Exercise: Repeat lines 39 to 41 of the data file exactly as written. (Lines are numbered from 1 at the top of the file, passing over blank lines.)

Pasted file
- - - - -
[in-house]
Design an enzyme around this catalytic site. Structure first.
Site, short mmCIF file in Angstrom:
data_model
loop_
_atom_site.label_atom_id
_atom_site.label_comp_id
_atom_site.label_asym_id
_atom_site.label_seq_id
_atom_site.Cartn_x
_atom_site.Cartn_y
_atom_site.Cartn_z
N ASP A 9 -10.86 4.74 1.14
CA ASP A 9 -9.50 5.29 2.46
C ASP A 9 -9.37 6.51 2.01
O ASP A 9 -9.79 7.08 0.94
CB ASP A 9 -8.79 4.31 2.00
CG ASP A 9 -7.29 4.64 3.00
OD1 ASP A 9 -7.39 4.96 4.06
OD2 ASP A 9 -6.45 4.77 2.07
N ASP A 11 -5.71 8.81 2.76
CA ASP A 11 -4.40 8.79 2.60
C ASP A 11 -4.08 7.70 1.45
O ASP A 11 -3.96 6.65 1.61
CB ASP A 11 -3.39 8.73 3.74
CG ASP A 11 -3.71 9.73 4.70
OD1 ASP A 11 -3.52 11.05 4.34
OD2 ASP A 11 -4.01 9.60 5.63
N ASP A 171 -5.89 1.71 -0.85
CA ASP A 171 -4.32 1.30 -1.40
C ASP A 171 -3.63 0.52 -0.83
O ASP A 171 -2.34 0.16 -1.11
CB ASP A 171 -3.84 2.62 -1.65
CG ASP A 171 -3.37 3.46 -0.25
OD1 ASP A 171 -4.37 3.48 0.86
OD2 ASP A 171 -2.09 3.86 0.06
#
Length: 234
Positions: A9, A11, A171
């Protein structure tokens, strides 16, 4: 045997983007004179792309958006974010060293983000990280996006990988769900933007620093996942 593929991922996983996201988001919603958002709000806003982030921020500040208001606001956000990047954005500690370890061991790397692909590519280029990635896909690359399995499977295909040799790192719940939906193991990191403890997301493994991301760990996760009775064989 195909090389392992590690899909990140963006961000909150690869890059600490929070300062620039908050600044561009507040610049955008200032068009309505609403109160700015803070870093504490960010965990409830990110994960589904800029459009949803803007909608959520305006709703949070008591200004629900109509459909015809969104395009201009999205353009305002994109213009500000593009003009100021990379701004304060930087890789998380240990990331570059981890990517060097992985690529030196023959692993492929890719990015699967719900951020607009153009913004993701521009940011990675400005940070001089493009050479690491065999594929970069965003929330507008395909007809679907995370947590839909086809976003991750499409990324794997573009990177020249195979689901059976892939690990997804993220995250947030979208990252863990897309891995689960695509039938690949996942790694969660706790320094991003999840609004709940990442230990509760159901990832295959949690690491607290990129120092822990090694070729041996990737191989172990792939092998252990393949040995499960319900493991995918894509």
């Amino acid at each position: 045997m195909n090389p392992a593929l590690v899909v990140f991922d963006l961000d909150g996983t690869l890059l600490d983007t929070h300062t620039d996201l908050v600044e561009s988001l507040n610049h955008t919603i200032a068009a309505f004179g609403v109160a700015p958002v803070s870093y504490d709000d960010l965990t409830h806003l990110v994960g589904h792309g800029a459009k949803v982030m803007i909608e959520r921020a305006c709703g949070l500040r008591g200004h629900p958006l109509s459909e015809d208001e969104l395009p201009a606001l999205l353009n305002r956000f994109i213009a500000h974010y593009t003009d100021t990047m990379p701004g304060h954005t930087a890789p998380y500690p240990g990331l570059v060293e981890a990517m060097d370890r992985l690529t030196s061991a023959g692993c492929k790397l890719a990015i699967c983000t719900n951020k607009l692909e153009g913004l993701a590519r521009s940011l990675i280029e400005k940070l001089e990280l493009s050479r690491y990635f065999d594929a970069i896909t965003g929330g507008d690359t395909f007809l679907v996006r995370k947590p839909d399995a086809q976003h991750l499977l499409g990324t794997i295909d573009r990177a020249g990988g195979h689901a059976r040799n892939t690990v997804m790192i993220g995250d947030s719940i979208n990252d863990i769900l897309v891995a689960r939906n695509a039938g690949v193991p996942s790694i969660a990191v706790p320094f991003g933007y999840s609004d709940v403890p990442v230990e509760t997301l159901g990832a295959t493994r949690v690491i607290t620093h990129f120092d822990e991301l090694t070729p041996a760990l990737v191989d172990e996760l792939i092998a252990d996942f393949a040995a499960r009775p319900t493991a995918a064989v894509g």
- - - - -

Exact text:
Positions: A9, A11, A171
């Protein structure tokens, strides 16, 4: 045997983007004179792309958006974010060293983000990280996006990988769900933007620093996942 593929991922996983996201988001919603958002709000806003982030921020500040208001606001956000990047954005500690370890061991790397692909590519280029990635896909690359399995499977295909040799790192719940939906193991990191403890997301493994991301760990996760009775064989 195909090389392992590690899909990140963006961000909150690869890059600490929070300062620039908050600044561009507040610049955008200032068009309505609403109160700015803070870093504490960010965990409830990110994960589904800029459009949803803007909608959520305006709703949070008591200004629900109509459909015809969104395009201009999205353009305002994109213009500000593009003009100021990379701004304060930087890789998380240990990331570059981890990517060097992985690529030196023959692993492929890719990015699967719900951020607009153009913004993701521009940011990675400005940070001089493009050479690491065999594929970069965003929330507008395909007809679907995370947590839909086809976003991750499409990324794997573009990177020249195979689901059976892939690990997804993220995250947030979208990252863990897309891995689960695509039938690949996942790694969660706790320094991003999840609004709940990442230990509760159901990832295959949690690491607290990129120092822990090694070729041996990737191989172990792939092998252990393949040995499960319900493991995918894509």
């Amino acid at each position: 045997m195909n090389p392992a593929l590690v899909v990140f991922d963006l961000d909150g996983t690869l890059l600490d983007t929070h300062t620039d996201l908050v600044e561009s988001l507040n610049h955008t919603i200032a068009a309505f004179g609403v109160a700015p958002v803070s870093y504490d709000d960010l965990t409830h806003l990110v994960g589904h792309g800029a459009k949803v982030m803007i909608e959520r921020a305006c709703g949070l500040r008591g200004h629900p958006l109509s459909e015809d208001e969104l395009p201009a606001l999205l353009n305002r956000f994109i213009a500000h974010y593009t003009d100021t990047m990379p701004g304060h954005t930087a890789p998380y500690p240990g990331l570059v060293e981890a990517m060097d370890r992985l690529t030196s061991a023959g692993c492929k790397l890719a990015i699967c983000t719900n951020k607009l692909e153009g913004l993701a590519r521009s940011l990675i280029e400005k940070l001089e990280l493009s050479r690491y990635f065999d594929a970069i896909t965003g929330g507008d690359t395909f007809l679907v996006r995370k947590p839909d399995a086809q976003h991750l499977l499409g990324t794997i295909d573009r990177a020249g990988g195979h689901a059976r040799n892939t690990v997804m790192i993220g995250d947030s719940i979208n990252d863990i769900l897309v891995a689960r939906n695509a039938g690949v193991p996942s790694i969660a990191v706790p320094f991003g933007y999840s609004d709940v403890p990442v230990e509760t997301l159901g990832a295959t493994r949690v690491i607290t620093h990129f120092d822990e991301l090694t070729p041996a760990l990737v191989d172990e996760l792939i092998a252990d996942f393949a040995a499960r009775p319900t493991a995918a064989v894509g």